Wednesdays are for wishes

Wishes are magical desires for dreams and hopes to come true. Although wishing traditions vary around the world, all cultures have beliefs and stories surrounding wishes. (In fact, I am headed off to tell a few of my favourite tales about wishes tomorrow morning.)

Do you wish on falling stars? Eat moon cakes under the moon? Throw  lucky pennies into a wishing well?  Search the forests for Leprechauns or the Kapre?

One wishing tradition that I love to practice is a variation of the wishing tree. Around the enchanted tree house, Wednesdays are referred to as Wishing Wednesdays. On every single Wishing Wednesday, we write down one wish and tie it around the branch of our wishing tree.

This wishing tradition started when  I lived in Florida. I would hang my wishes in a banyan tree because in Hindu mythology, the banyan tree is referred to as  kalpavriksha meaning "wish-fulfilling tree."  Since all trees (or even houseplants) are filled with magical enchantments, they love to be used as wishing trees! Add some magic into your life by incorporating Wishing Wednesdays into your week! 

Here is what you need: Scrap paper, scrap ribbon or string and a pen

Step One: Write your wish!

Step Two: Roll your wish!

Step Three: MAKE YOUR WISH!!

If you knew your wish would come true, what would you wish  for? Dream big because on Wishing Wednesday, wishes come true! Xx

Psst...Here's an enchanted contest just for you!

Photos of Enchantment Contest 2011

Where do you go to be surrounded by magical enchantments? Perhaps you are like me and find the deep, dark woods filled with magic, danger, refuge and adventure! Or perhaps the urban forests are more your cup of tea. No matter your preference, throughout the magical month of October, I want you to share the enchantments in your neck of the woods! (And by sharing a bit of your own magic with the Emmy Blue storytelling community, you could win a personalized fairy tale as well as other magical prizes!)

To enter the Photos of Enchantment Contest you need to take a photograph or photographs of your very favourite enchanted location. (If you don't have a favourite location, then you have a whole month of exploration adventures ahead of you!) 

Once you have a photograph, either (1) Post the photo on your own blog, facebook page or google + page and then post the link in the comment section below; or (2) Post the photo on a free image hosting site such as yfrog, flickr or twitpic and then post the link in the comment section below.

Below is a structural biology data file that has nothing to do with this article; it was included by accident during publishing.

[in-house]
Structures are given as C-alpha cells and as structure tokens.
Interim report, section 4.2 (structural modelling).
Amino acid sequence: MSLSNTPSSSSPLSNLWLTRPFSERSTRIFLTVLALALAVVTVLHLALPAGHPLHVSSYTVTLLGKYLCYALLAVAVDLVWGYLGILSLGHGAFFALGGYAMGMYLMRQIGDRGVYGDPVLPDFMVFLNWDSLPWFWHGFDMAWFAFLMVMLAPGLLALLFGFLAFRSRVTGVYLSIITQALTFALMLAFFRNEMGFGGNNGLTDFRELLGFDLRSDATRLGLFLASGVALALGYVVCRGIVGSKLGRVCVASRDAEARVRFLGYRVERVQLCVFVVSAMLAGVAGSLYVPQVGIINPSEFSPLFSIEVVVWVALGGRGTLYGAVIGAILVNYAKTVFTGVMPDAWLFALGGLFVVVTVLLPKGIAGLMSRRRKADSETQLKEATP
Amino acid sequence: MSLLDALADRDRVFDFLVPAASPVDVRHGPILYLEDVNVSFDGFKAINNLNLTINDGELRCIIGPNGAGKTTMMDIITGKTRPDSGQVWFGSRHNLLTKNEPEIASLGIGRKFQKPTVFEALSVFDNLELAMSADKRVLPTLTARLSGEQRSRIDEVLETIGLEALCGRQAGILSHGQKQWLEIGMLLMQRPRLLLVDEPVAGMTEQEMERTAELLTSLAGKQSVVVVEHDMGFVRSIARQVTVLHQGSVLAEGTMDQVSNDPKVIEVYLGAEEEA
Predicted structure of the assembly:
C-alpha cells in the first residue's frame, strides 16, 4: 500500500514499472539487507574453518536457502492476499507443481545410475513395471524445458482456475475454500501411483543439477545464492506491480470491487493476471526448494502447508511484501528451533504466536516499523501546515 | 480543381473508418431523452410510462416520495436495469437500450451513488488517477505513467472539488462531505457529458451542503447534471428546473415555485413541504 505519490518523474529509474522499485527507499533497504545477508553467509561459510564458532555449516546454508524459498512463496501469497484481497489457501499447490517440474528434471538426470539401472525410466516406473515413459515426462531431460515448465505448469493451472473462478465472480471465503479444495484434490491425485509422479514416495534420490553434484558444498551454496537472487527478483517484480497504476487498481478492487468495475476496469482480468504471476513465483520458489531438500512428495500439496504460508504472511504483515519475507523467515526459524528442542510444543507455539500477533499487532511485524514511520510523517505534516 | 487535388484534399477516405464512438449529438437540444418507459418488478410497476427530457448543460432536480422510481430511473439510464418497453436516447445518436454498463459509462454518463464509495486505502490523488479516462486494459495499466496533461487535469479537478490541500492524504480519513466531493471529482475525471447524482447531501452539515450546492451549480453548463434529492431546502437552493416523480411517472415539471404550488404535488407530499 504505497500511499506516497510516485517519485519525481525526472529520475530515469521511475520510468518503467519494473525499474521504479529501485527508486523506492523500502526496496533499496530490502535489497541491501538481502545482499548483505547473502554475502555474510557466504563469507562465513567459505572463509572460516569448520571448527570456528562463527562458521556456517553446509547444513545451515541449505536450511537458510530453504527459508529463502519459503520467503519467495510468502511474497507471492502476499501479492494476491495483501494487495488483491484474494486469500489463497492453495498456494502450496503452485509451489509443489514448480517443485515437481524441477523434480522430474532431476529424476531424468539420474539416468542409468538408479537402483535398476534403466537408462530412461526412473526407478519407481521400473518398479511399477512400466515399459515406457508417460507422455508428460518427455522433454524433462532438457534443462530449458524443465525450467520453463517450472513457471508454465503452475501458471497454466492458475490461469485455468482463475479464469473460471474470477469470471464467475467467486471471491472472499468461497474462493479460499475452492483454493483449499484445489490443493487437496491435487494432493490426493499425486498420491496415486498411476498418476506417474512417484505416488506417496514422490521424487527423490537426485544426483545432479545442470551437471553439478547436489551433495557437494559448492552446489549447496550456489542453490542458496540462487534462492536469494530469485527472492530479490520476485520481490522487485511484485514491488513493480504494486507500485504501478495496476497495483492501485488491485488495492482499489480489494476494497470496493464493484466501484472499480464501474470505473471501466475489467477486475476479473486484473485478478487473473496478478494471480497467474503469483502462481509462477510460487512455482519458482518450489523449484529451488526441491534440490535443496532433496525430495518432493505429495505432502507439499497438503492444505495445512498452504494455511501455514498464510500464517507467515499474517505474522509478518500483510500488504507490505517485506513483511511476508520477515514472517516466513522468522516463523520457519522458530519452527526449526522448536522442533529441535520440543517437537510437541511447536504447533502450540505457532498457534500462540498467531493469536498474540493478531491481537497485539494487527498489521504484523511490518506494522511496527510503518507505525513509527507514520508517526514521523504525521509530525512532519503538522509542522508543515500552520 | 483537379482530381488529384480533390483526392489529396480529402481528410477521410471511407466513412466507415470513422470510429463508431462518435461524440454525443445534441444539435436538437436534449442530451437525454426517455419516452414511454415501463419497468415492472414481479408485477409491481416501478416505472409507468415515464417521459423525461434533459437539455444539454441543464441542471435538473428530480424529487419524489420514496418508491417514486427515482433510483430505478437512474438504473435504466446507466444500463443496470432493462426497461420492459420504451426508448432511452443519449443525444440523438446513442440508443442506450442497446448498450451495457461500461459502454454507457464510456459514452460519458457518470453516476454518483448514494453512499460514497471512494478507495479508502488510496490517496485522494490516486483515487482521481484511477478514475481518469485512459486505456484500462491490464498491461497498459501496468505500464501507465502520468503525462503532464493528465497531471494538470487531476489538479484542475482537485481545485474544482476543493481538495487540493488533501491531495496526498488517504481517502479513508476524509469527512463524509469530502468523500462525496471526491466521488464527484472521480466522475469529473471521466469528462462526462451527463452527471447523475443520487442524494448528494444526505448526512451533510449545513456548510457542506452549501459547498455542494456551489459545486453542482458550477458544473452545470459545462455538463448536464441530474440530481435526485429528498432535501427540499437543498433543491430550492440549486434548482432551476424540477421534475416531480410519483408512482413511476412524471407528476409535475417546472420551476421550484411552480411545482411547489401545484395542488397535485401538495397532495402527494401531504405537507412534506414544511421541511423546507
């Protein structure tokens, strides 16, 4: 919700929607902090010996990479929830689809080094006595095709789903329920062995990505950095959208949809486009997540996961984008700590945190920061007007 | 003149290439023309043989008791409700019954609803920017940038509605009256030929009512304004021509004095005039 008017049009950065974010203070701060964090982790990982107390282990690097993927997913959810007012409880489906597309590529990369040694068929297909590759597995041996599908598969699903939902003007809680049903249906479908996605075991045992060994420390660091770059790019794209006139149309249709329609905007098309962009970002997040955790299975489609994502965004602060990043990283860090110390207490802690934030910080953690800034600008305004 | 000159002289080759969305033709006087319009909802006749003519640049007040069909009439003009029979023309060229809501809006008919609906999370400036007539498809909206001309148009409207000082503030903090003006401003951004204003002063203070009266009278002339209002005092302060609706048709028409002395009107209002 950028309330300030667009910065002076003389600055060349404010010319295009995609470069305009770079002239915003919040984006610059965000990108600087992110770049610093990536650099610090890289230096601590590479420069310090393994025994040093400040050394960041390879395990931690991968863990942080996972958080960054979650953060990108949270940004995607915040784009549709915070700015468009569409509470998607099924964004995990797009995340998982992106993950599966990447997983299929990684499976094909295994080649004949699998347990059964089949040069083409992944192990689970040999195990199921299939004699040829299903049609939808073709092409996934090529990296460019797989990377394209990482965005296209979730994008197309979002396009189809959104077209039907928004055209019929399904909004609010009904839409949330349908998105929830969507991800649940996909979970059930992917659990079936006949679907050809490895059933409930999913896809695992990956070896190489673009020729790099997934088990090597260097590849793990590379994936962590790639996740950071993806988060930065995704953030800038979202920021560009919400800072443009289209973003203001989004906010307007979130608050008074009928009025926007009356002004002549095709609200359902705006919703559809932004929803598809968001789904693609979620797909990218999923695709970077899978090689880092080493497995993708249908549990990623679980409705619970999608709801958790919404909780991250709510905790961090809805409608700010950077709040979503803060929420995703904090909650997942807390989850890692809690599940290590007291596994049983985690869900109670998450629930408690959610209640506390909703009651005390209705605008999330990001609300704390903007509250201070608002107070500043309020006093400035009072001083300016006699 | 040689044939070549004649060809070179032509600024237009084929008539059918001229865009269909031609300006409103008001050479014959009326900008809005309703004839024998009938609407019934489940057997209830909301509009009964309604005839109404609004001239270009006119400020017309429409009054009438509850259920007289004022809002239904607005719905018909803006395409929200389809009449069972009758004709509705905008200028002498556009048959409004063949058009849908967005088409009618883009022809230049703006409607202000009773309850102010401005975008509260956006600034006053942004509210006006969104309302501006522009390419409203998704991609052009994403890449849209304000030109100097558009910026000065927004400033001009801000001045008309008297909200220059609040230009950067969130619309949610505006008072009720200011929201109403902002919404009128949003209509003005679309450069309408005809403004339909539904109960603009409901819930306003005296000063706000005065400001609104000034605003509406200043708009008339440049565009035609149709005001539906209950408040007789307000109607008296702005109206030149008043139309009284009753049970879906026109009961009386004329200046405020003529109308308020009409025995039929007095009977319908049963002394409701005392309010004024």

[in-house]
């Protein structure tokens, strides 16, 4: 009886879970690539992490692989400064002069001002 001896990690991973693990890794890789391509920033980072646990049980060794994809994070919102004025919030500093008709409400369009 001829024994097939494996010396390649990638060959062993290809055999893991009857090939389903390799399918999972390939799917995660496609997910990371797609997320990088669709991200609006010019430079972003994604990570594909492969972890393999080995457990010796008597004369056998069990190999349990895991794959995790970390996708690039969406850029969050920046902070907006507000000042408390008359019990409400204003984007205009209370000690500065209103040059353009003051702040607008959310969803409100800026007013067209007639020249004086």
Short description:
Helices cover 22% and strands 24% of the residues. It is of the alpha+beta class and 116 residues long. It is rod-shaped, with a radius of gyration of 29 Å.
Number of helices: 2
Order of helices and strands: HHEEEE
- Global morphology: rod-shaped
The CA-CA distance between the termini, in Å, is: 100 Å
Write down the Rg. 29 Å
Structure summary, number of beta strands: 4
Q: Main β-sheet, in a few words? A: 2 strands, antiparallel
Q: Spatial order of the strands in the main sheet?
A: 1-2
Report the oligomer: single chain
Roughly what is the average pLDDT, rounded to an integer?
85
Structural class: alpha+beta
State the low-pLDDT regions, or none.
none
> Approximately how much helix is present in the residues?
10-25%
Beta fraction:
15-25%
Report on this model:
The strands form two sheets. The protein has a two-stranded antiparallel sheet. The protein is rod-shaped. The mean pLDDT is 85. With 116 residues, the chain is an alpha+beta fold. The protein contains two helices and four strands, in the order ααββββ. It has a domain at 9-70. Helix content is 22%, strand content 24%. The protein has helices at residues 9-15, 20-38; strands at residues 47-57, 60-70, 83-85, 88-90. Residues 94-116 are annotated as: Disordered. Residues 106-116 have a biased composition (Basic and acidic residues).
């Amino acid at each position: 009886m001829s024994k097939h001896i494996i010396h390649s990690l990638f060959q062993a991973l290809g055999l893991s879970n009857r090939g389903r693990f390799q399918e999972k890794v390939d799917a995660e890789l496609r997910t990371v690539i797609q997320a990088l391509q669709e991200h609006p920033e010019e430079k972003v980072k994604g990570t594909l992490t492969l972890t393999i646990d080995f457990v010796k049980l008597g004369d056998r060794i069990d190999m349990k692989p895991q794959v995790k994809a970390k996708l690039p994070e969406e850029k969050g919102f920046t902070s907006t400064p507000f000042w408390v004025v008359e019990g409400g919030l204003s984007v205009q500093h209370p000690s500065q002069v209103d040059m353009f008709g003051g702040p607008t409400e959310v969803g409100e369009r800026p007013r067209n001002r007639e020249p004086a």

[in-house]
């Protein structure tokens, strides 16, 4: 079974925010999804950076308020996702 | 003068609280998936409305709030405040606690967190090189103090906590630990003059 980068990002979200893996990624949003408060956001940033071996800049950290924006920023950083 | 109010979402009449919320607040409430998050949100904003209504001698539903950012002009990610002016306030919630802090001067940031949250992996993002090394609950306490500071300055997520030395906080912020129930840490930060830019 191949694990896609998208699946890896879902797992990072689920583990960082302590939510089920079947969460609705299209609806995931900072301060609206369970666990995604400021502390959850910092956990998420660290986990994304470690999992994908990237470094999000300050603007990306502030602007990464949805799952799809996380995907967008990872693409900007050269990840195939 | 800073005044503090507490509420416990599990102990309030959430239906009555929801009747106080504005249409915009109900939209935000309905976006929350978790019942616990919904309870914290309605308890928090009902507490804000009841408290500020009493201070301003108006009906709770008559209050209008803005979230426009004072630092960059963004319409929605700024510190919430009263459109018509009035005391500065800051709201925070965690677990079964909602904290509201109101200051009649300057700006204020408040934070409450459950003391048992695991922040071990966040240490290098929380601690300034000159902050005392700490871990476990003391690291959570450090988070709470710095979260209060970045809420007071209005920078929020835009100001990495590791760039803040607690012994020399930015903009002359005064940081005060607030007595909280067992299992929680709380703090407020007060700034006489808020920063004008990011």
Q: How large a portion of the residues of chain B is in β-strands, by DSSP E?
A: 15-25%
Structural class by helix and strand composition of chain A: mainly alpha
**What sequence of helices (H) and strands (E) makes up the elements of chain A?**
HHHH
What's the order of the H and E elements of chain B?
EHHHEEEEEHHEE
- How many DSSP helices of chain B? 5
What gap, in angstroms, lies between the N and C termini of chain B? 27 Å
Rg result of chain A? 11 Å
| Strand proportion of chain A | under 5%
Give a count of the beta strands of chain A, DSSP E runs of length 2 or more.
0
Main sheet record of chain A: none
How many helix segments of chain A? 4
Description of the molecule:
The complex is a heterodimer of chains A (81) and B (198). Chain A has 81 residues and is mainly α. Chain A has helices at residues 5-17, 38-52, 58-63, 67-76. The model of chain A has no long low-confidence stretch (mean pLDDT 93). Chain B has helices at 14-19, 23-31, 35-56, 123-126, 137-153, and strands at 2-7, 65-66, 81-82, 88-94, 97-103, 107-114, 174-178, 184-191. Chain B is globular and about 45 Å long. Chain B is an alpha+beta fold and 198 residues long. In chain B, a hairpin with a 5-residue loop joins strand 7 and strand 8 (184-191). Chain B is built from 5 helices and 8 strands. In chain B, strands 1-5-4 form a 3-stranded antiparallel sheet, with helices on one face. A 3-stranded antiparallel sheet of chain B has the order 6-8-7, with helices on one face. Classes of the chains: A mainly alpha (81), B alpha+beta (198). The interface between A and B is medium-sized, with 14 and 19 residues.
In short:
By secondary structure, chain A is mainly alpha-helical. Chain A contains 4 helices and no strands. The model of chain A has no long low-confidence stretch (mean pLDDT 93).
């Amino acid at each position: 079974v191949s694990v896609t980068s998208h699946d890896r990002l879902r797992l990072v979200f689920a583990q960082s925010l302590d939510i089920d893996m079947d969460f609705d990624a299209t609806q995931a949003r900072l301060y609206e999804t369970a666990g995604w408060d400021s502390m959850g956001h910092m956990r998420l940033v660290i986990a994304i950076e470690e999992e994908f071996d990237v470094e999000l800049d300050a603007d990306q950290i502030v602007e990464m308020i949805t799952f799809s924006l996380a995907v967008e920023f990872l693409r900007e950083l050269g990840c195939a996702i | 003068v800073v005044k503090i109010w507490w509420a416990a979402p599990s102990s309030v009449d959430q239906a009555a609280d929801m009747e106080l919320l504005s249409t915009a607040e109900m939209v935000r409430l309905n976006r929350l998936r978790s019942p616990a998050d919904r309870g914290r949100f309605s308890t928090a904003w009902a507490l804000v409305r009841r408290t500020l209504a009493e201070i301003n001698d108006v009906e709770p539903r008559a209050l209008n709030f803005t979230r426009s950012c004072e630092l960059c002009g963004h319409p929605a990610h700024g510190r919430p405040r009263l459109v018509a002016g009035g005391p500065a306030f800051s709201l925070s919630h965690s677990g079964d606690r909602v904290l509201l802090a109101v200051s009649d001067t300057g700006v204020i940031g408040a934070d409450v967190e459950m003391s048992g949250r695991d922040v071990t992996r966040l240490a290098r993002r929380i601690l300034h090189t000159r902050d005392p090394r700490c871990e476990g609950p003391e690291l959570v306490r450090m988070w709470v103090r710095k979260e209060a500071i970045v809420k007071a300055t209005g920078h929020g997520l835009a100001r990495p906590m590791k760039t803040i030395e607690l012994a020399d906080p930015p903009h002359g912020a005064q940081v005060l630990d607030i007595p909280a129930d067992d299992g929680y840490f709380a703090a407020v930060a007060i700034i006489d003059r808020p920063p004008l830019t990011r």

Bits...

  • The enchanted photograph may be urban or rural. The photo may be taken in a land far, far away or right in your own backyard.
  • You may enter as many enchanted photographs as you would like for the entire month of October.
  • You may enter the contest as an individual or a family. If you are a teacher or leader of an organization, then you may enter your entire class or group. (**Please see note below**)

and Bobs...

  • The more the merrier! Feel free to copy the contest logo from above and paste it on your blog or Facebook page to encourage others to share their magic with us too!
  • The winners will be mentioned in a very special October 31st holiday blog post!

Grand Prize: Chosen by a random drawing, I will write the first place winner, and/or whomever else they choose, as the heroine(s) or hero(s) of my next original fairy tale or forest legend. He or she will receive a digital and hard copy of the one-of-a-kind story and illustration. This exclusive package would make a unique birthday present and a magical surprise for a loved one or even your school!

Second and Third Place Prizes: Chosen by a random drawing, the second and third place winners will receive limited edition Emmy Blue postcards and bookmarks featuring my magical characters and tales. If a class or organization wins, then you will receive a box of enchanted surprises for everyone.

What are you waiting for? Get your camera and start your exploration adventures immediately! And remember, don't worry about the quality or quantity of your photographs, just have fun finding a bit of magic in your own neck of the woods!

Happy October! Xx

**Note: If you are a teacher or organization, you can incorporate this contest into your literature or creative writing curriculum by adding reading or writing components to the photo contest. I would be happy to post links to your class blog or post links to student short stories and poetry. Just let me know how I can support your enchanted projects!

Yes, demon slime babies (and sneeze pizzas) can be magical too